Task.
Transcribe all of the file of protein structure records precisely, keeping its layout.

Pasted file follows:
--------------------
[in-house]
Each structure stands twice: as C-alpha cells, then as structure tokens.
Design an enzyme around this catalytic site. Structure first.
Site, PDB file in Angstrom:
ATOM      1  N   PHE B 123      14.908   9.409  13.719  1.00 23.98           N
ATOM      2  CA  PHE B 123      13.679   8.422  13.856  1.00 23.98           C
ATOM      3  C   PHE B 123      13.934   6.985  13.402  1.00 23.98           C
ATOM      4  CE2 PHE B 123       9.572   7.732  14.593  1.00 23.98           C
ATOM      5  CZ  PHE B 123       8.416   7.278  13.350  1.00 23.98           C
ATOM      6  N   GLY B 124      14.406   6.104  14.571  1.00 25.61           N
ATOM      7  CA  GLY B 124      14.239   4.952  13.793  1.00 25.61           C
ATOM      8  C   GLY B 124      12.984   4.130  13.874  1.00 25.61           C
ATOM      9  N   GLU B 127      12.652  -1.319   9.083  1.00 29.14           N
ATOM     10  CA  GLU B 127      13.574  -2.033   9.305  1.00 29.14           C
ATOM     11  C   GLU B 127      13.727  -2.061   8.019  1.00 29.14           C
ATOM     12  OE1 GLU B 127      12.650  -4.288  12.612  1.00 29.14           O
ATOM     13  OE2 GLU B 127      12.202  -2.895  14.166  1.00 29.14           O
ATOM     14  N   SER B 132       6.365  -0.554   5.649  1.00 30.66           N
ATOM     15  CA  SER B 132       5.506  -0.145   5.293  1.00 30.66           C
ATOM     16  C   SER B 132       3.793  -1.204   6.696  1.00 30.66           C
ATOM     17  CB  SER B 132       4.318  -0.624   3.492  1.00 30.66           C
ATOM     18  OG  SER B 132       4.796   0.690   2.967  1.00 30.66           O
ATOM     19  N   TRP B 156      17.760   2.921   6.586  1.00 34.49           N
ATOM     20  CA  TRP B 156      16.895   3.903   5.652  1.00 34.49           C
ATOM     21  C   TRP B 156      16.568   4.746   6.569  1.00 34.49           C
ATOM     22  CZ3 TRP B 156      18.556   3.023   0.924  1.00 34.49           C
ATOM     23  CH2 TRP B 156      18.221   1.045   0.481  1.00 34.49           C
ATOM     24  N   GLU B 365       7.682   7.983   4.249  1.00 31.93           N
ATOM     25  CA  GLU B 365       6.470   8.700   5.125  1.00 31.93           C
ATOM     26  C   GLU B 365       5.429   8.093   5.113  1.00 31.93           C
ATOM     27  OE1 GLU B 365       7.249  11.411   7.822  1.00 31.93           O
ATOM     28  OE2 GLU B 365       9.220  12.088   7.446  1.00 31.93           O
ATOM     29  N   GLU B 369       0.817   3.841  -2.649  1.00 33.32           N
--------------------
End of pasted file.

[in-house]
Each structure stands twice: as C-alpha cells, then as structure tokens.
Design an enzyme around this catalytic site. Structure first.
Site, PDB file in Angstrom:
ATOM      1  N   PHE B 123      14.908   9.409  13.719  1.00 23.98           N
ATOM      2  CA  PHE B 123      13.679   8.422  13.856  1.00 23.98           C
ATOM      3  C   PHE B 123      13.934   6.985  13.402  1.00 23.98           C
ATOM      4  CE2 PHE B 123       9.572   7.732  14.593  1.00 23.98           C
ATOM      5  CZ  PHE B 123       8.416   7.278  13.350  1.00 23.98           C
ATOM      6  N   GLY B 124      14.406   6.104  14.571  1.00 25.61           N
ATOM      7  CA  GLY B 124      14.239   4.952  13.793  1.00 25.61           C
ATOM      8  C   GLY B 124      12.984   4.130  13.874  1.00 25.61           C
ATOM      9  N   GLU B 127      12.652  -1.319   9.083  1.00 29.14           N
ATOM     10  CA  GLU B 127      13.574  -2.033   9.305  1.00 29.14           C
ATOM     11  C   GLU B 127      13.727  -2.061   8.019  1.00 29.14           C
ATOM     12  OE1 GLU B 127      12.650  -4.288  12.612  1.00 29.14           O
ATOM     13  OE2 GLU B 127      12.202  -2.895  14.166  1.00 29.14           O
ATOM     14  N   SER B 132       6.365  -0.554   5.649  1.00 30.66           N
ATOM     15  CA  SER B 132       5.506  -0.145   5.293  1.00 30.66           C
ATOM     16  C   SER B 132       3.793  -1.204   6.696  1.00 30.66           C
ATOM     17  CB  SER B 132       4.318  -0.624   3.492  1.00 30.66           C
ATOM     18  OG  SER B 132       4.796   0.690   2.967  1.00 30.66           O
ATOM     19  N   TRP B 156      17.760   2.921   6.586  1.00 34.49           N
ATOM     20  CA  TRP B 156      16.895   3.903   5.652  1.00 34.49           C
ATOM     21  C   TRP B 156      16.568   4.746   6.569  1.00 34.49           C
ATOM     22  CZ3 TRP B 156      18.556   3.023   0.924  1.00 34.49           C
ATOM     23  CH2 TRP B 156      18.221   1.045   0.481  1.00 34.49           C
ATOM     24  N   GLU B 365       7.682   7.983   4.249  1.00 31.93           N
ATOM     25  CA  GLU B 365       6.470   8.700   5.125  1.00 31.93           C
ATOM     26  C   GLU B 365       5.429   8.093   5.113  1.00 31.93           C
ATOM     27  OE1 GLU B 365       7.249  11.411   7.822  1.00 31.93           O
ATOM     28  OE2 GLU B 365       9.220  12.088   7.446  1.00 31.93           O
ATOM     29  N   GLU B 369       0.817   3.841  -2.649  1.00 33.32           N